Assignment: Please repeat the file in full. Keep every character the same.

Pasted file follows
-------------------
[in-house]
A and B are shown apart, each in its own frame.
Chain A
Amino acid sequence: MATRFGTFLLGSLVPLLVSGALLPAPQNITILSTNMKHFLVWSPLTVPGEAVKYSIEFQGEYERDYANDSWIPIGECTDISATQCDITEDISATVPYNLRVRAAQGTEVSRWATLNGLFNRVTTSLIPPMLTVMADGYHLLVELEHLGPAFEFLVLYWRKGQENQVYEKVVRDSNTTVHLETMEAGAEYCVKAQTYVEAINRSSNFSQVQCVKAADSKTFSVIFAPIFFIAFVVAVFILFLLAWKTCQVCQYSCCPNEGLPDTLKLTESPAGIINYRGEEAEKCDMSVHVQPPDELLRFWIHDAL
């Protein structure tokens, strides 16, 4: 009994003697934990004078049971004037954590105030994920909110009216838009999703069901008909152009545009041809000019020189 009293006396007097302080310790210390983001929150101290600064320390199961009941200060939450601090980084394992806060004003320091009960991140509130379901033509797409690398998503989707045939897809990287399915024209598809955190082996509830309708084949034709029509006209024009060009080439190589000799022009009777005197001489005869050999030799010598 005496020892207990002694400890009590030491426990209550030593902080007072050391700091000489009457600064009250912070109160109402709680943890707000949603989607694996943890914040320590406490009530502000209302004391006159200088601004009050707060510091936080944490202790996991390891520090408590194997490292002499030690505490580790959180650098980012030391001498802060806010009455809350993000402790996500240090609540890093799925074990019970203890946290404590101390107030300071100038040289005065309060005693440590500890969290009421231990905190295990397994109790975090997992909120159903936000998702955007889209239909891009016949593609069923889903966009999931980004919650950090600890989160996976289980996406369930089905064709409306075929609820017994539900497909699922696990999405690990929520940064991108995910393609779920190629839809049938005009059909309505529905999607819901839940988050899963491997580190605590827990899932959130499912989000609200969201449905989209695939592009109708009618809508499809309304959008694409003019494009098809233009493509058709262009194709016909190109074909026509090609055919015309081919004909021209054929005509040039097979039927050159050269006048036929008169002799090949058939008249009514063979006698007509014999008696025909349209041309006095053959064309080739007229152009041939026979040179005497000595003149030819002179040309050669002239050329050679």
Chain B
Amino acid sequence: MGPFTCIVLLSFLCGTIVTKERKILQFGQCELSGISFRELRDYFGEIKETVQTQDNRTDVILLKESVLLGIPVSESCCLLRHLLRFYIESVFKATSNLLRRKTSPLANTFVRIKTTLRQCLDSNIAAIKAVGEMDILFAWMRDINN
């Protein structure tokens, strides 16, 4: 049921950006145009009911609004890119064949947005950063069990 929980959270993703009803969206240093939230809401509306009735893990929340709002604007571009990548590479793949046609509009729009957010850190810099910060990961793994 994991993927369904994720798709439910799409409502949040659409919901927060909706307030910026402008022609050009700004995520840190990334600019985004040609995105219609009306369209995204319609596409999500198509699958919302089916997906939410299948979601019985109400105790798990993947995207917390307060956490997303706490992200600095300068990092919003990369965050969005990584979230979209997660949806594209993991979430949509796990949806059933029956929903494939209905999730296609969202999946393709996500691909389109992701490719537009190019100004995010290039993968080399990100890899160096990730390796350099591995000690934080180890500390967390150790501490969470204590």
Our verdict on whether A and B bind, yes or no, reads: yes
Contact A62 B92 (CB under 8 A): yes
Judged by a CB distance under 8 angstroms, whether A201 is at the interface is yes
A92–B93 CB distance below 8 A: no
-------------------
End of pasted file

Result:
[in-house]
A and B are shown apart, each in its own frame.
Chain A
Amino acid sequence: MATRFGTFLLGSLVPLLVSGALLPAPQNITILSTNMKHFLVWSPLTVPGEAVKYSIEFQGEYERDYANDSWIPIGECTDISATQCDITEDISATVPYNLRVRAAQGTEVSRWATLNGLFNRVTTSLIPPMLTVMADGYHLLVELEHLGPAFEFLVLYWRKGQENQVYEKVVRDSNTTVHLETMEAGAEYCVKAQTYVEAINRSSNFSQVQCVKAADSKTFSVIFAPIFFIAFVVAVFILFLLAWKTCQVCQYSCCPNEGLPDTLKLTESPAGIINYRGEEAEKCDMSVHVQPPDELLRFWIHDAL
């Protein structure tokens, strides 16, 4: 009994003697934990004078049971004037954590105030994920909110009216838009999703069901008909152009545009041809000019020189 009293006396007097302080310790210390983001929150101290600064320390199961009941200060939450601090980084394992806060004003320091009960991140509130379901033509797409690398998503989707045939897809990287399915024209598809955190082996509830309708084949034709029509006209024009060009080439190589000799022009009777005197001489005869050999030799010598 005496020892207990002694400890009590030491426990209550030593902080007072050391700091000489009457600064009250912070109160109402709680943890707000949603989607694996943890914040320590406490009530502000209302004391006159200088601004009050707060510091936080944490202790996991390891520090408590194997490292002499030690505490580790959180650098980012030391001498802060806010009455809350993000402790996500240090609540890093799925074990019970203890946290404590101390107030300071100038040289005065309060005693440590500890969290009421231990905190295990397994109790975090997992909120159903936000998702955007889209239909891009016949593609069923889903966009999931980004919650950090600890989160996976289980996406369930089905064709409306075929609820017994539900497909699922696990999405690990929520940064991108995910393609779920190629839809049938005009059909309505529905999607819901839940988050899963491997580190605590827990899932959130499912989000609200969201449905989209695939592009109708009618809508499809309304959008694409003019494009098809233009493509058709262009194709016909190109074909026509090609055919015309081919004909021209054929005509040039097979039927050159050269006048036929008169002799090949058939008249009514063979006698007509014999008696025909349209041309006095053959064309080739007229152009041939026979040179005497000595003149030819002179040309050669002239050329050679």
Chain B
Amino acid sequence: MGPFTCIVLLSFLCGTIVTKERKILQFGQCELSGISFRELRDYFGEIKETVQTQDNRTDVILLKESVLLGIPVSESCCLLRHLLRFYIESVFKATSNLLRRKTSPLANTFVRIKTTLRQCLDSNIAAIKAVGEMDILFAWMRDINN
């Protein structure tokens, strides 16, 4: 049921950006145009009911609004890119064949947005950063069990 929980959270993703009803969206240093939230809401509306009735893990929340709002604007571009990548590479793949046609509009729009957010850190810099910060990961793994 994991993927369904994720798709439910799409409502949040659409919901927060909706307030910026402008022609050009700004995520840190990334600019985004040609995105219609009306369209995204319609596409999500198509699958919302089916997906939410299948979601019985109400105790798990993947995207917390307060956490997303706490992200600095300068990092919003990369965050969005990584979230979209997660949806594209993991979430949509796990949806059933029956929903494939209905999730296609969202999946393709996500691909389109992701490719537009190019100004995010290039993968080399990100890899160096990730390796350099591995000690934080180890500390967390150790501490969470204590």
Our verdict on whether A and B bind, yes or no, reads: yes
Contact A62 B92 (CB under 8 A): yes
Judged by a CB distance under 8 angstroms, whether A201 is at the interface is yes
A92–B93 CB distance below 8 A: no